Two former students, both of whom studed Max Horkheimer & Theodor Adorno's Dialectic of Enlightenment with me, have emailed me about this story in The New York Times. It's about a new Canadian documentary called The Corporation. I should say that I haven't seen the film.
The article makes interesting use of Horkheimer & Adorno's book. Here's the first paragraph:
In their 1944 work, ''Dialectic of Enlightenment,'' Max Horkheimer and Theodor Adorno advanced a theory on the far-reaching power of what they called ''the culture industry.'' This entity, encompassing all forms of mass culture, media and the businesses behind them, made up such a totalizing system that it was literally impossible to rebel against it. This complex not only anticipated the urge to revolt but would sell you something to satisfy it. (Che Guevara T-shirt, anyone?) It's a resoundingly depressing theory but an interesting one to recall, because anticorporate sentiment is lately prominent in pop culture.
The film is said to be the latest example of this anticorporate sentiment. It might be worthwhile, but I haven't yet heard from anyone who has seen it. If it comes to Dallas, then I could see it. My hometown is too small for the local theaters to feature a documentary.
Towards the end of the article there is some fulminating about the possibility of dissent within the confines of the culture industry. As far as I'm concerned, this wasn't one of Max Horkheimer and Theodor Adorno's major concerns. They were more worried about the transformation of autonomous art (as they labeled it) into a form of mere entertainment that is simply an extension of the working day. (That is, to fudge the theory a great deal, we amuse ourselves in the evening to rest up for the next day's labor.) Naturally, that change would have an effect on what people want to read and watch, and, presumably, the political content would usually be low or non-existent.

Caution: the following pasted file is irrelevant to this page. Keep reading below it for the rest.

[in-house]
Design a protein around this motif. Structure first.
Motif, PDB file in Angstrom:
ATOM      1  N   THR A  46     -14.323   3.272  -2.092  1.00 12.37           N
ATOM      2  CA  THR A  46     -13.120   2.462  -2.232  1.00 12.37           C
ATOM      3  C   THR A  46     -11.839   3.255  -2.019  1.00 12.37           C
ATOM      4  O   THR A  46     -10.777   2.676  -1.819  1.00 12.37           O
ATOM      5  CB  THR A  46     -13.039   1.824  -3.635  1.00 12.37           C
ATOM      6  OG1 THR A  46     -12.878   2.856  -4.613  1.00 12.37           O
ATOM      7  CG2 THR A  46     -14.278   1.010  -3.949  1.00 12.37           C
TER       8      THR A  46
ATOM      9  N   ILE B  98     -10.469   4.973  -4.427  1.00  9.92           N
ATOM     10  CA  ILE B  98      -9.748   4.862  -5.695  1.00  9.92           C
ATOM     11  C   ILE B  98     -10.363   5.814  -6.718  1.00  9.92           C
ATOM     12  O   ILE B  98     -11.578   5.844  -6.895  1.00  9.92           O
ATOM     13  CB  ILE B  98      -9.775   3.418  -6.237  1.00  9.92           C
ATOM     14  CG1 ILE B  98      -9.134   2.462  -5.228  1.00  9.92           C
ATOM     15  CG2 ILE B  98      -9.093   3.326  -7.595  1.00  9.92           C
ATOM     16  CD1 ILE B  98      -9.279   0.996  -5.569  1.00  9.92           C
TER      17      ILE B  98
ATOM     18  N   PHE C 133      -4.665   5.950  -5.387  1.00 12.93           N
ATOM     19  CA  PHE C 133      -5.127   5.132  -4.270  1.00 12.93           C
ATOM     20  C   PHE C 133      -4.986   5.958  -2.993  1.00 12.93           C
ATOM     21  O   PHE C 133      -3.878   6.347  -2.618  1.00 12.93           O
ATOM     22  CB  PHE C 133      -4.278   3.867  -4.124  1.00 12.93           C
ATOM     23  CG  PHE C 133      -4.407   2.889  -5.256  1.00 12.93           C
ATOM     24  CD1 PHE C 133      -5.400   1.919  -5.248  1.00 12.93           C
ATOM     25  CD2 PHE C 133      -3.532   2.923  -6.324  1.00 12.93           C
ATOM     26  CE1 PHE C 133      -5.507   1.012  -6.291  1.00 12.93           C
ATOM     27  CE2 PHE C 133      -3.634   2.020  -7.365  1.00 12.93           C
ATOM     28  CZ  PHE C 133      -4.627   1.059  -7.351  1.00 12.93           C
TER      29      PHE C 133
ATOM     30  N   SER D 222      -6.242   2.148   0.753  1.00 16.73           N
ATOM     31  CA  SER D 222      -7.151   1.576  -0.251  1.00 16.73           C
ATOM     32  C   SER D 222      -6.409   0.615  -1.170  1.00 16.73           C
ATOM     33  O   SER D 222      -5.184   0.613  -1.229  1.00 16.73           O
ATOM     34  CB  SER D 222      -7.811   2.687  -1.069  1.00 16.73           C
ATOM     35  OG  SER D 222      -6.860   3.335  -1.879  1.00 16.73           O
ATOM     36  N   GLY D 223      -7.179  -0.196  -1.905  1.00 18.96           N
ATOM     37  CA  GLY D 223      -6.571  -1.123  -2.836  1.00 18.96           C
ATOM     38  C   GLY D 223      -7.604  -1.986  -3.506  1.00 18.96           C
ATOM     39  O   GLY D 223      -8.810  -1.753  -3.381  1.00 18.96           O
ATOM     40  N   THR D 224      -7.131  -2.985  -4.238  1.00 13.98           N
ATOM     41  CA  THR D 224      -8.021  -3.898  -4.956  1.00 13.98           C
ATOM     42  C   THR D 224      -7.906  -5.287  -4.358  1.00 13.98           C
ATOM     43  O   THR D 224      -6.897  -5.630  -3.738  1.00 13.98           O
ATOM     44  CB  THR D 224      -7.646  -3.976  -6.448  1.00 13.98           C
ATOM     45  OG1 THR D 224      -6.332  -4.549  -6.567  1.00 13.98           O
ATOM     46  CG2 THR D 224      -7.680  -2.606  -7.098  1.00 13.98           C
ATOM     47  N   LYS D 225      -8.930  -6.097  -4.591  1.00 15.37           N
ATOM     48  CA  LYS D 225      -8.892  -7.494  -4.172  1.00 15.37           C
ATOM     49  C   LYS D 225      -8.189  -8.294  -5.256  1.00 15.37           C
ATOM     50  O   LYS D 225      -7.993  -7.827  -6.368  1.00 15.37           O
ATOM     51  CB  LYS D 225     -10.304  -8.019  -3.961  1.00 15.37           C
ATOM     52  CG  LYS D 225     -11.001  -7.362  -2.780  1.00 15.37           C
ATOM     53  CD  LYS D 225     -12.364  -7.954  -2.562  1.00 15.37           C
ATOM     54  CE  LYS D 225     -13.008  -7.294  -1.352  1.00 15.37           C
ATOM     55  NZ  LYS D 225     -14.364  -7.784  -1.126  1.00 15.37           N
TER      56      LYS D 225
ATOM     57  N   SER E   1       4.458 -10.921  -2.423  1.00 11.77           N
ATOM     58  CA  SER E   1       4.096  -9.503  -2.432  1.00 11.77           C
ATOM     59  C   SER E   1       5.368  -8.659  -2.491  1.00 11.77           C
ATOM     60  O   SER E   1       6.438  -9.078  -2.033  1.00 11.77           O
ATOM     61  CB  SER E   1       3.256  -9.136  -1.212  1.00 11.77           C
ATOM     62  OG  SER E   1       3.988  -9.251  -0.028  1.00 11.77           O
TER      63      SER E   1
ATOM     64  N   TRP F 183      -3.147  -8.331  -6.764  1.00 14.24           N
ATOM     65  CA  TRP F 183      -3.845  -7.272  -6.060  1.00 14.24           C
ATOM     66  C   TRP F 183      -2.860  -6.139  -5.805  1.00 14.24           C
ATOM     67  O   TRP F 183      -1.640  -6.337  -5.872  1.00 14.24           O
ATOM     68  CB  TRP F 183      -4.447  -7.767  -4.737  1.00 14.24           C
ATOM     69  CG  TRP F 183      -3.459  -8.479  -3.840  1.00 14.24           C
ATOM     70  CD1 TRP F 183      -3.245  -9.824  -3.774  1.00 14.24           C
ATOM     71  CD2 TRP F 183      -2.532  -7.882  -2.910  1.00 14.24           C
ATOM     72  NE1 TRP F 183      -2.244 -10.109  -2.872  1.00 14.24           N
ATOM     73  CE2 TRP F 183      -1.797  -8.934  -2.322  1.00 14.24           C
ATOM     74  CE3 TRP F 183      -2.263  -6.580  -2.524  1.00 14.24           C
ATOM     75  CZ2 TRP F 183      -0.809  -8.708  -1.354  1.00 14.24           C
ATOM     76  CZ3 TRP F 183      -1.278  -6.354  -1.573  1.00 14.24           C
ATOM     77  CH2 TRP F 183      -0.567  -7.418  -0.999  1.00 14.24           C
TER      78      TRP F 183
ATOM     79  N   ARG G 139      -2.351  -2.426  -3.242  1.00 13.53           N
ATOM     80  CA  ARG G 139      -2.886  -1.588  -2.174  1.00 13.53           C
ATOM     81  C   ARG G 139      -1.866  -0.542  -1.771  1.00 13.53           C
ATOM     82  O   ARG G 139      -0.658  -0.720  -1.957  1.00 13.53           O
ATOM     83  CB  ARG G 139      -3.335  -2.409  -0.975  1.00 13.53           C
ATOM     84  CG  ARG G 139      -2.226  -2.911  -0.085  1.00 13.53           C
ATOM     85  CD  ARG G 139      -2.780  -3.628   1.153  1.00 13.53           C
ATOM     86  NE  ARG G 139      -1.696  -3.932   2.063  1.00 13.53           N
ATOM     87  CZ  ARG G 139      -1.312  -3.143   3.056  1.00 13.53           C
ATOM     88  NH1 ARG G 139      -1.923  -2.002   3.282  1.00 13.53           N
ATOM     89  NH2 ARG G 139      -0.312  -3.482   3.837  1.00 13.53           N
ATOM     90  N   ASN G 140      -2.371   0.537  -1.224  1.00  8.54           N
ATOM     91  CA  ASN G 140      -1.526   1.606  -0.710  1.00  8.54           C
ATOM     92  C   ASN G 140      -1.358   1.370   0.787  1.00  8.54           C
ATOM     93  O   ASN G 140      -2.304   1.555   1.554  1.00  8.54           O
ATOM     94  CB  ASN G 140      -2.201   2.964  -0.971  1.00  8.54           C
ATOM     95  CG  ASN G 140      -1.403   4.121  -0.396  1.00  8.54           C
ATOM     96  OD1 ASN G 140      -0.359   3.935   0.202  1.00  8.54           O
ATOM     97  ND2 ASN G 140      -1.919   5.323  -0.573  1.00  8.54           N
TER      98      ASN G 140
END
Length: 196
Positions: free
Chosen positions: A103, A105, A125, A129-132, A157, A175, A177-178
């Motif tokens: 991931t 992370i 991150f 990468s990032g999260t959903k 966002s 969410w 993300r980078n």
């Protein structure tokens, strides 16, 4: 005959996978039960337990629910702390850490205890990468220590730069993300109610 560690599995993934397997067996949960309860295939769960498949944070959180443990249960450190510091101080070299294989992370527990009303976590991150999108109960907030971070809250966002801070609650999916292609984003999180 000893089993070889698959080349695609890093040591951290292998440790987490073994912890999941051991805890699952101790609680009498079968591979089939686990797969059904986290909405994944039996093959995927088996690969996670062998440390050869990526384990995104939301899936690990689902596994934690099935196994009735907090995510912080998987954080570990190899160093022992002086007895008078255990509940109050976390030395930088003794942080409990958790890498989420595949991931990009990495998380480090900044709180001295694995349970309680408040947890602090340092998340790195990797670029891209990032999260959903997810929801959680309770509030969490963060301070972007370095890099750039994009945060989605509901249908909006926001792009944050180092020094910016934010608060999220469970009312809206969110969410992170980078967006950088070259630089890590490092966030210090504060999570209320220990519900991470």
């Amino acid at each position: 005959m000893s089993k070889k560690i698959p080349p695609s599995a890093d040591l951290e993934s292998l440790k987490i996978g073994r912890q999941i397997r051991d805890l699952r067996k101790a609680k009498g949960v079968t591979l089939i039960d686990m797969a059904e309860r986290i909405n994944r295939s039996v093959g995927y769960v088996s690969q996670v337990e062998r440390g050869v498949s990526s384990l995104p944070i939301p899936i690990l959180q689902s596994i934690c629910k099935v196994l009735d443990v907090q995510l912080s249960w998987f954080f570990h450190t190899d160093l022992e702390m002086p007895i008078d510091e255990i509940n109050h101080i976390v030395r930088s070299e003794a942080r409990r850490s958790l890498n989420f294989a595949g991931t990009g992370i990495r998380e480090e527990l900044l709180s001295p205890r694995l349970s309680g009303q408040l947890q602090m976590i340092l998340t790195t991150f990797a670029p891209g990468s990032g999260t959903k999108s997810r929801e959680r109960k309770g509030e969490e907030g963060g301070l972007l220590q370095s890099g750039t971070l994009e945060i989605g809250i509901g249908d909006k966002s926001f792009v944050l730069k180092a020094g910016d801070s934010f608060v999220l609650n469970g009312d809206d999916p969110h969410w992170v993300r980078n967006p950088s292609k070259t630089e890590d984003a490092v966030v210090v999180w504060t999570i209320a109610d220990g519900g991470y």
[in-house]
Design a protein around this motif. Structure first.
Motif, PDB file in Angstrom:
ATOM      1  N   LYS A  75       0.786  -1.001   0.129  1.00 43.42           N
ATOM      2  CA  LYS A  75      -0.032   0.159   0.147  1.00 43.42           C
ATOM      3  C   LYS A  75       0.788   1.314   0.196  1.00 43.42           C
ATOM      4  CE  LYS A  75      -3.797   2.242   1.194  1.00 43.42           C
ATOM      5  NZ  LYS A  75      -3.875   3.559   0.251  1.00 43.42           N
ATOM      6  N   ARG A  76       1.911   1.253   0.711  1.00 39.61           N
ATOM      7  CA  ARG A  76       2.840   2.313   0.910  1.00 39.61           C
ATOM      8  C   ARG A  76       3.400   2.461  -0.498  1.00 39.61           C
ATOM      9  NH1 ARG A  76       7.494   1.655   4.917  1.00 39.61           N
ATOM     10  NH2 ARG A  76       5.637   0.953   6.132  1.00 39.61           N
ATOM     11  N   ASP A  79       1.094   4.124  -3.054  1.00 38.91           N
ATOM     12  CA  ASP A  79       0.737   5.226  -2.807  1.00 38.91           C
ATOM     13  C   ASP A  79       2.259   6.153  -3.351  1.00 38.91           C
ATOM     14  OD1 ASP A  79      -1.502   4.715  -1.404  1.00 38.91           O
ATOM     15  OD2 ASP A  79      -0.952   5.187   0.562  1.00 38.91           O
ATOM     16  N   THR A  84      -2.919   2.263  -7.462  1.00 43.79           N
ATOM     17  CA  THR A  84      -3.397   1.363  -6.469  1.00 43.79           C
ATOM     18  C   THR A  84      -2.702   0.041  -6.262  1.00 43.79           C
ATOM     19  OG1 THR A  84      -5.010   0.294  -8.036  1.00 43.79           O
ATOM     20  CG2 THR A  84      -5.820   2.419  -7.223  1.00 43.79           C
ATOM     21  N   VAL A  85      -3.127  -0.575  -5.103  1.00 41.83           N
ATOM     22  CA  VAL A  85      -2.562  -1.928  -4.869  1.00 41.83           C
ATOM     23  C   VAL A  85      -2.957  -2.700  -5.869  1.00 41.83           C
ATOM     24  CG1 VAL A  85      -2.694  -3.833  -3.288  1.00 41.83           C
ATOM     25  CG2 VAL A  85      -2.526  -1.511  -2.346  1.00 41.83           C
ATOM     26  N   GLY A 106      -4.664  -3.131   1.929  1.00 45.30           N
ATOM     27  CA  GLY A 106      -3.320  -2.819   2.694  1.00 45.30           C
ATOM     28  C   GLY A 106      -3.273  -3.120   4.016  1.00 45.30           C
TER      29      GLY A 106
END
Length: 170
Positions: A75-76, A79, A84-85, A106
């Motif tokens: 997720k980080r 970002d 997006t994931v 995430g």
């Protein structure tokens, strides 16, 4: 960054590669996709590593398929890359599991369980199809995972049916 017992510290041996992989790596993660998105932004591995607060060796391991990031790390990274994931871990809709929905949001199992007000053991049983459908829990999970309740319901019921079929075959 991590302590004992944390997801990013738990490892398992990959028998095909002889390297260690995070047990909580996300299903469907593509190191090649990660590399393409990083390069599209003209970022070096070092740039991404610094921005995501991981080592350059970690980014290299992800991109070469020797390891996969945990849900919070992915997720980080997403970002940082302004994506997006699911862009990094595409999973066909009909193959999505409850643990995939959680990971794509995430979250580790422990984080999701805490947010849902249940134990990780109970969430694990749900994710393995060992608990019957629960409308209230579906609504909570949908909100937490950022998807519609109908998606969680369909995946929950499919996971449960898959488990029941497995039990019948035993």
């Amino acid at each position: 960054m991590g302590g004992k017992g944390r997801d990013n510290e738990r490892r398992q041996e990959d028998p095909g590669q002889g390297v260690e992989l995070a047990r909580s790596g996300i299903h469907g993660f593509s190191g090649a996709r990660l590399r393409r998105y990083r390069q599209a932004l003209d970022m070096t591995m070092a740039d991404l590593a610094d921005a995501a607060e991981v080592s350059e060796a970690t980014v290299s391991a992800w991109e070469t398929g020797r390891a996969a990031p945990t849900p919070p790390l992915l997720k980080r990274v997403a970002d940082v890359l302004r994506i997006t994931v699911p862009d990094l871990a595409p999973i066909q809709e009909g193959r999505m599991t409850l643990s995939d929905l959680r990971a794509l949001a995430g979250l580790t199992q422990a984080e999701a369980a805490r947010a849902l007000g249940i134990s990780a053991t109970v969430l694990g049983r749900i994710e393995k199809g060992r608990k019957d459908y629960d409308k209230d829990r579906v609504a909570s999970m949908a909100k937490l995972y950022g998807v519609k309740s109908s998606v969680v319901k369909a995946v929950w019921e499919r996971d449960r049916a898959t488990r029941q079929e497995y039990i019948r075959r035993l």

But since Horkheimer and Adorno never saw the primary purpose of autonomous art in a straightforwardly political light, the absence of dissent in the products of the culture industry isn't their main concern. Many of the greatest works of art have no obvious political content or ambition. Horkheimer and Adorno were well aware of that.
Anyway, I was glad to see discussion of their book turn up in a piece in the The New York Times. I'm currently talking with an editor about writing a monograph on Dialectic of Enlightenment. It's one of my favorite works in 20th century continental philosophy, and no one has ever tried to comment on the book from start to finish. I taught it numerous times over the years, and now I'd like to write something about it.
If you haven't seen Preston Sturges' Sullivan's Travels, then go out and find it. Once you see it, you'll understand why I brought it up in this paragraph, given the overall context of this post.
Acknowledgment: Many thanks to Jonathan Church and Ross Lerner for alerting me to the article in The New York Times.